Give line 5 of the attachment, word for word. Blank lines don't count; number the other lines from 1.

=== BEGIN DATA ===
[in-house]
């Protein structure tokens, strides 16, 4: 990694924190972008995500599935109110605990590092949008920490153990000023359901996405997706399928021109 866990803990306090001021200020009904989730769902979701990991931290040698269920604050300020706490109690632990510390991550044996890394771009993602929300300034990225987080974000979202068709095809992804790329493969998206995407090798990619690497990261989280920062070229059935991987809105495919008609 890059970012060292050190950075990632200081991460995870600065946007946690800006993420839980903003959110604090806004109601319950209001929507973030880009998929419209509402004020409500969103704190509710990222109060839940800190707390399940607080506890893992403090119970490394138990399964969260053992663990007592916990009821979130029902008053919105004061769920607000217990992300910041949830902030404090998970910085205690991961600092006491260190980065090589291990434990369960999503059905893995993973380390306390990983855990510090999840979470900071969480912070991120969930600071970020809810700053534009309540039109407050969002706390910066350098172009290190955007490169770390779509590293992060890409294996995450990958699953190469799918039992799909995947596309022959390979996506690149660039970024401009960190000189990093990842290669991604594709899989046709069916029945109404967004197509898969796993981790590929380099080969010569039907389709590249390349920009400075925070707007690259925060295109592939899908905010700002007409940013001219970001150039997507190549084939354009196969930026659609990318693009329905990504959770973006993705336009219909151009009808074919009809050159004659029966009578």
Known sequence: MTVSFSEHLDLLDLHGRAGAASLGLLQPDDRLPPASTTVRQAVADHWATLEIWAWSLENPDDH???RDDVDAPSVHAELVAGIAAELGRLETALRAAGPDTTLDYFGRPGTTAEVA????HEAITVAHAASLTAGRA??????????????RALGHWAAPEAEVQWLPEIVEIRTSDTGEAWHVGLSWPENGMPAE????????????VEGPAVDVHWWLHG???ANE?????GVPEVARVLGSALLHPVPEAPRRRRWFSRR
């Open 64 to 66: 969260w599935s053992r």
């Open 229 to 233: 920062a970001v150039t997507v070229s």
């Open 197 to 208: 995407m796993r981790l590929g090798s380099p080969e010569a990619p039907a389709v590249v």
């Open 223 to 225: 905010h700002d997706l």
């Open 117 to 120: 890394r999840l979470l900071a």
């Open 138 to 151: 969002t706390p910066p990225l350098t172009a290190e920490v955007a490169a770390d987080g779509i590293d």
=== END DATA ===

């Open 229 to 233: 920062a970001v150039t997507v070229s």